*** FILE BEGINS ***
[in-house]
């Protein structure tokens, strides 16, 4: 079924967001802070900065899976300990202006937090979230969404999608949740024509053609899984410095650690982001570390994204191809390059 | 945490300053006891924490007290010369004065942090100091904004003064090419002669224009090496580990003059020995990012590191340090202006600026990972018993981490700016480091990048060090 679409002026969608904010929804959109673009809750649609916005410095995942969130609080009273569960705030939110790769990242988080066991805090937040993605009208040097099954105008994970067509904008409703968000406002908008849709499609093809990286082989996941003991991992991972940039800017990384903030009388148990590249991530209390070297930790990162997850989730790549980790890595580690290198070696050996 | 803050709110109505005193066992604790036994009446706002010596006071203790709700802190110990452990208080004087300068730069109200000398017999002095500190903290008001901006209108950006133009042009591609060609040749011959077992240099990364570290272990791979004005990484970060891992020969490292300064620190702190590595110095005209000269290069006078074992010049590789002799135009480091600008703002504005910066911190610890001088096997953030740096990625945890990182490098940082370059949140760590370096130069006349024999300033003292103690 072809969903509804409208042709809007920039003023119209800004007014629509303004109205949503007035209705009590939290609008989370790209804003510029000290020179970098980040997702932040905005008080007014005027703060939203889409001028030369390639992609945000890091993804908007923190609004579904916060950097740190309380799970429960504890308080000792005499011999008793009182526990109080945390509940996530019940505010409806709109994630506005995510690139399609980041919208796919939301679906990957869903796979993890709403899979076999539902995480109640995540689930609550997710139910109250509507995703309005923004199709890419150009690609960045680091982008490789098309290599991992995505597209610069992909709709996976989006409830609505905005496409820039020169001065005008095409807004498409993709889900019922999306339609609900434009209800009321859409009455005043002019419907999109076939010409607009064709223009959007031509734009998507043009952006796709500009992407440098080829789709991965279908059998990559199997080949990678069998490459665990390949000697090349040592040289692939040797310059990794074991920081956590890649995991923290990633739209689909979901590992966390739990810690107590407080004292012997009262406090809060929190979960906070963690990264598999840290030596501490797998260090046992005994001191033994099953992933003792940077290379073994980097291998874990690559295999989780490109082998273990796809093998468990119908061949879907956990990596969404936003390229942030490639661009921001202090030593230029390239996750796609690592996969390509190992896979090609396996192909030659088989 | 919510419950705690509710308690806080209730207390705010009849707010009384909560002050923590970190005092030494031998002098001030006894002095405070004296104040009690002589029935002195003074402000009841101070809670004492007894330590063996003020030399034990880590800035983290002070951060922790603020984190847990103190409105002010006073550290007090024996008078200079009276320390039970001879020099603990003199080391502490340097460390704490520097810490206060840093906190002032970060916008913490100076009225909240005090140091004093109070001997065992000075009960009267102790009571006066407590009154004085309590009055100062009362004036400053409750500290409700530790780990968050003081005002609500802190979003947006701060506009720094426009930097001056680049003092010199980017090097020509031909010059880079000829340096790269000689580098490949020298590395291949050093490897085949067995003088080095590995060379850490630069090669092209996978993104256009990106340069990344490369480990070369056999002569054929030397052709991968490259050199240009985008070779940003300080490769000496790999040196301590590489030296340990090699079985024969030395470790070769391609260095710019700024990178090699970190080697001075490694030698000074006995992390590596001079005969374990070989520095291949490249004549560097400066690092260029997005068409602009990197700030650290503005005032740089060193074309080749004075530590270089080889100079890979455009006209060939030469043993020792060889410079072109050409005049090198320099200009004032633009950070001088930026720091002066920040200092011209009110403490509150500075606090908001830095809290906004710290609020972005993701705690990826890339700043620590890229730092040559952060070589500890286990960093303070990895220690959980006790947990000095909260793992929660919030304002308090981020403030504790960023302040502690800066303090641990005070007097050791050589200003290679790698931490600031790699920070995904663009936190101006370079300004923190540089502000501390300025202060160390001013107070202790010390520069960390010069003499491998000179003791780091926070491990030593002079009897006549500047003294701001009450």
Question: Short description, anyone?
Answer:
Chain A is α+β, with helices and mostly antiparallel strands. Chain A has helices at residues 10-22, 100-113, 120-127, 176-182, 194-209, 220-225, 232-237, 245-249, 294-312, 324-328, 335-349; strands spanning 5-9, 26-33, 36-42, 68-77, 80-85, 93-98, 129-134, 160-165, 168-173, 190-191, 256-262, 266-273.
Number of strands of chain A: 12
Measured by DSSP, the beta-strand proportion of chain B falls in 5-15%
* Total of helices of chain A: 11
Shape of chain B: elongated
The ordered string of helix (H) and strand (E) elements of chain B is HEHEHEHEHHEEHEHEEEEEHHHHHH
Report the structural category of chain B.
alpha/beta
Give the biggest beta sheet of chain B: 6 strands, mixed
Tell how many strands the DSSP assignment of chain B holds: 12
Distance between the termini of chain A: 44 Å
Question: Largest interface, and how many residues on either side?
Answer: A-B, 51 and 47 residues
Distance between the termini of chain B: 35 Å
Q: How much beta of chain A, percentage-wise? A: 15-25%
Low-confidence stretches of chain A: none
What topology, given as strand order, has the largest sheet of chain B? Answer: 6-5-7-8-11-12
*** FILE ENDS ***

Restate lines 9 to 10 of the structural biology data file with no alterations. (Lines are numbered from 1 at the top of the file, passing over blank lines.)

Shape of chain B: elongated
The ordered string of helix (H) and strand (E) elements of chain B is HEHEHEHEHHEEHEHEEEEEHHHHHH